This seems to be another occasion where, as Slesar said, "There were times when I wouldn't wait for a magazine publication, but sent the story directly to Hitchcock if I thought they would like it. On several occasions, they did." While the TV show aired on NBC on Tuesday, April 17, 1962, the story on which it was based was not published until the November 1968 issue of Alfred Hitchcock's Mystery Magazine, under the title "Death of the Kerry Blue."
|Illustrations from the original|
The next day, he visits a doctor and fills a prescription for sleeping pills. That night, after accusing Thelma of having buried Doc alive, Ned turns kind and fixes his wife a cup of hot chocolate before bedtime. She drinks it and grows very tired; after he helps her to bed, Ned tells his wife that he spiked her drink with an entire bottle of sleeping pills. He suggests that she may end up being buried alive, just like their dog. Ned goes downstairs and hears a dog's whimper. Convinced that Doc has returned, he rushes out to the doghouse, where his excitement at seeing the dog causes a sudden, fatal heart attack.
Thelma is saved by the next door neighbor, who calls the police, but she laments that it is too late for Ned, who never knew that Thelma had bought a new dog to surprise him.
"Death of the Kerry Blue" is a sad portrait of a marriage gone wrong, where a dog takes the place of a child and a husband's affection turns into murderous obsession. Slesar's trademark irony is evident in the climax, when Ned's devotion to his dog causes his death just as he has tried to kill his wife.
Slesar's teleplay follows the story closely but makes Ned's obsessive interest in his dog--rechristened Annie--a source of jealousy on Thelma's part. When Ned suggests to Thelma that he should take Annie to the park more often to improve her health, Thelma responds, "Why don't you take her to dinner and a show?" Gene Evans gives a good performance as Ned and Carmen Mathews is even better as Thelma. Paul Henreid directs the show and not only keeps the story moving along at a brisk pace but also uses several interesting camera setups to deepen the story. He follows the well-known practice made famous by Orson Welles in Citizen Kane of shooting on a slight upward angle in some shots, allowing the viewer to see the ceiling in one of the Malleys' rooms.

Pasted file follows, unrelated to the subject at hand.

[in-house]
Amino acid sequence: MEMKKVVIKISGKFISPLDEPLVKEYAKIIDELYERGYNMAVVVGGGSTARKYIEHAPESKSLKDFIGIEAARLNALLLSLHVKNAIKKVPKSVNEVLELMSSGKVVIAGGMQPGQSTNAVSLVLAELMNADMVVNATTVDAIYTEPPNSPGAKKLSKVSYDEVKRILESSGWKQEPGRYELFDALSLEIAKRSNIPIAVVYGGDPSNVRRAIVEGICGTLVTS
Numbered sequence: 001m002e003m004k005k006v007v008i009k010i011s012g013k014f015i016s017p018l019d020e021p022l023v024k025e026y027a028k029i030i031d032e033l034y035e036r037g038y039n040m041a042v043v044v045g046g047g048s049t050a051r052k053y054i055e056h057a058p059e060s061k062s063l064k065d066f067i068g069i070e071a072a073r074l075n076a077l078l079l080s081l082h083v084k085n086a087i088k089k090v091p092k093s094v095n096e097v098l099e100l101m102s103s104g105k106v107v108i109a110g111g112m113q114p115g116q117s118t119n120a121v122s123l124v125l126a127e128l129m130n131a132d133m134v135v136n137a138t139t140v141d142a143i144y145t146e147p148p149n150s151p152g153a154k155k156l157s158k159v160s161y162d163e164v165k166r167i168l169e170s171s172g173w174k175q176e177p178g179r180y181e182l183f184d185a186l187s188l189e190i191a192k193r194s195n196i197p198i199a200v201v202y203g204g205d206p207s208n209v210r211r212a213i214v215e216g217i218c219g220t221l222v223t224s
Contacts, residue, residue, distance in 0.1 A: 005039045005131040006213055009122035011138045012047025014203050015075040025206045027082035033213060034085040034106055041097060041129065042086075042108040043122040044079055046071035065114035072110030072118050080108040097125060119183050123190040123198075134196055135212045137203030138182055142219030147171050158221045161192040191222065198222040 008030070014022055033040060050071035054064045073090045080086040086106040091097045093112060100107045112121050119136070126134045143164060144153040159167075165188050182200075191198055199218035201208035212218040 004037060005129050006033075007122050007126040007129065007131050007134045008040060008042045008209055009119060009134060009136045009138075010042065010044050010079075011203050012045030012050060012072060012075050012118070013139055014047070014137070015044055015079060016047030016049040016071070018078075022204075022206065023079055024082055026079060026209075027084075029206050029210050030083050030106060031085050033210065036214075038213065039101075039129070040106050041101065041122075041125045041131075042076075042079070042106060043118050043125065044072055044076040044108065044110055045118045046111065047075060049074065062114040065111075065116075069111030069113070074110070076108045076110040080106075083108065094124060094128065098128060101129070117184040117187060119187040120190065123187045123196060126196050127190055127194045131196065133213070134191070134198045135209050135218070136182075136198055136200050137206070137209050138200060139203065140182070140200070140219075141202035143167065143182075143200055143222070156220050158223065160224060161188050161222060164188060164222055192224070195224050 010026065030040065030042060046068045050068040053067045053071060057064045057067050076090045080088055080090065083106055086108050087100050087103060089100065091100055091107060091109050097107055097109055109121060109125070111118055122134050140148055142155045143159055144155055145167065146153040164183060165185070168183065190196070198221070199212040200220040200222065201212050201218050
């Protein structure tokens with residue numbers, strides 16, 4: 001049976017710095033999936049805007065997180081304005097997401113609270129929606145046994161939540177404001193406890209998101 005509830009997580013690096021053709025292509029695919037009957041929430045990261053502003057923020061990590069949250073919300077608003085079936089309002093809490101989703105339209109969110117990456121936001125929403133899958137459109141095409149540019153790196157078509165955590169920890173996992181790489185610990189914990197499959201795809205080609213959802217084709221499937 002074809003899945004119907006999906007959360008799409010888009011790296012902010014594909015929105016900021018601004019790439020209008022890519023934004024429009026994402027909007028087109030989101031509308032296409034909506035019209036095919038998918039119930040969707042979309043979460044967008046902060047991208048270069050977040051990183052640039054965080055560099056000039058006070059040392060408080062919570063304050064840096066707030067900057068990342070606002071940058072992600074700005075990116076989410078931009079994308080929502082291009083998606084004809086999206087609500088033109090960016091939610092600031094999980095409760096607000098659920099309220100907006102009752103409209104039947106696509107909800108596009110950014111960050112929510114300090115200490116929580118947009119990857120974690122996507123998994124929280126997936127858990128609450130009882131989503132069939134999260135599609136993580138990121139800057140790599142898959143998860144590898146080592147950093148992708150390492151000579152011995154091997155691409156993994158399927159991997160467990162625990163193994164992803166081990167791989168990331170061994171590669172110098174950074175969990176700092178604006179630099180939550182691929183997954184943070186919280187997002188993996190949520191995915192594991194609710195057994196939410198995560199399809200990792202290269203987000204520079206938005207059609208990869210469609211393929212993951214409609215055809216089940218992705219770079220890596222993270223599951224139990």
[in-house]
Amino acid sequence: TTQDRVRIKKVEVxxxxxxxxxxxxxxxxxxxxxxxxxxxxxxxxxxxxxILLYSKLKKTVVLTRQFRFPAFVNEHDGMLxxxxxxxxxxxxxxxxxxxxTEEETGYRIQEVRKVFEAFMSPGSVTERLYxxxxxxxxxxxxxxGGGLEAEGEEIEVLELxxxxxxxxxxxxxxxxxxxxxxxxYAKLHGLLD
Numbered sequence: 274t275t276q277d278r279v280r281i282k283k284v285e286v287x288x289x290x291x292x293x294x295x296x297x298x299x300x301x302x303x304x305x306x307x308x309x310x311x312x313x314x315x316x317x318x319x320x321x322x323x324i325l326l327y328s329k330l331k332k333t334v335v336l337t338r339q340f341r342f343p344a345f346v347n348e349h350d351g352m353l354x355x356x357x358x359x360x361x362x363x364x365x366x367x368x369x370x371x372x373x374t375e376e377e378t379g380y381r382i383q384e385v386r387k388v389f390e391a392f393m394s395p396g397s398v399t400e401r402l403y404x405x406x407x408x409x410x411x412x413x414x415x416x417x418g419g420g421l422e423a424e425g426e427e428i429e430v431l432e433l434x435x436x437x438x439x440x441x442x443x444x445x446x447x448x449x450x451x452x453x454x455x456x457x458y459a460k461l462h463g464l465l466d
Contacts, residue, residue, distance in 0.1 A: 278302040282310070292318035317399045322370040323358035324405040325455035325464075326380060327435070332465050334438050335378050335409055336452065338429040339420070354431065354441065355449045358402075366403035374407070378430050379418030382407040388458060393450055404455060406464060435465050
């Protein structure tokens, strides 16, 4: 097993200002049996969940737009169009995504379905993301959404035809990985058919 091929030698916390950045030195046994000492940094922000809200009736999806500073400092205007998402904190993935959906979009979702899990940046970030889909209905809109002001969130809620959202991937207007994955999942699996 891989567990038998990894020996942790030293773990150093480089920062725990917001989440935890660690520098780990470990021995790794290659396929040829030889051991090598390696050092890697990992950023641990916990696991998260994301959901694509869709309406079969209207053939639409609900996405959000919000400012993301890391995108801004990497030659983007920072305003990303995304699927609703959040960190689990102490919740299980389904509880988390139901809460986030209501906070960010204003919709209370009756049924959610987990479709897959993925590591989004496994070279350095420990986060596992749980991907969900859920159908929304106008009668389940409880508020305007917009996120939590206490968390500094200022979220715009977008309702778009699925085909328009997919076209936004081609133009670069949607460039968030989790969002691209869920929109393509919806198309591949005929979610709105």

The most powerful scene in the show comes when Ned has helped Thelma into bed and calmly tells her that he has poisoned her. He stands by the bed, speaking in a seemingly rational tone of voice, as Thelma struggles to break through the drug-induced fog that is quickly enveloping her mind. There is a quiet sense of horror as he remarks that she could end up buried alive, "just like you buried Annie out there, alive!" There is no background music and the fact that this scene is somewhat hard to watch is a testament to the skill of the two actors and their director.
The final scenes include a small change from the story. Ned is washing out the cups at the kitchen sink as his wife lays dying upstairs when he hears a dog bark. Is it his imagination? We see that it is not, since he sees a very much alive Kerry Blue Terrier standing at the entrance of Annie's doghouse. Yet instead of suffering a fatal heart attack, Ned trips over the construction materials that he had left strewn about when he built the doghouse and falls, striking his head on the concrete walk, a blow that kills him on the spot. Slesar's irony is again at play, since the tools he used to build a home for his beloved dog are the same tools that lead to his sudden and unexpected death--his obsession is his undoing.
|The God's eye view angle|
Gene Evans (1922-1998), who seems like a bit of a tough guy in this episode, was also a tough guy in real life. He won a Purple Heart and a Bronze Star in WWII, which is when he also started his acting career, performing for the troops. He was in movies from 1947 to 1989 and on TV from 1954 to 1988, including a year as a regular on My Friend Flicka (1956-57). He appeared once on the half-hour Hitchcock show and once on the hour show. He was a favorite of director Sam Fuller and played Boden, the atomic scientist in Shock Corridor who was driven to insanity by the prospect of nuclear war.
|John Zaremba and Carmen Mathews|
Carmen Mathews (1911-1985) got her start in theater and later worked almost exclusively on episodic television in a career that spanned the years from 1950 to 1992. She was on The Twilight Zone's elegiac episode, "Static" and she appeared on Alfred Hitchcock Presents six times.
John Zaremba (1908-1986) played Dr. Chaff, the vet who Thelma brings to the house to try to reason with Ned. He started out as a journalist at the Chicago Tribune before becoming an actor. He was in movies from 1950 and on TV from 1954, including regular roles on I Led Three Lives (1953-1956) and The Time Tunnel (1966-1967). He appeared on The Twilight Zone, Batman, and he was on the Hitchcock show eleven times, including "The Kind Waitress."
|Looking up from below, the ceiling is visible|
"Galactic Central." Galactic Central. Web. 19 July 2014.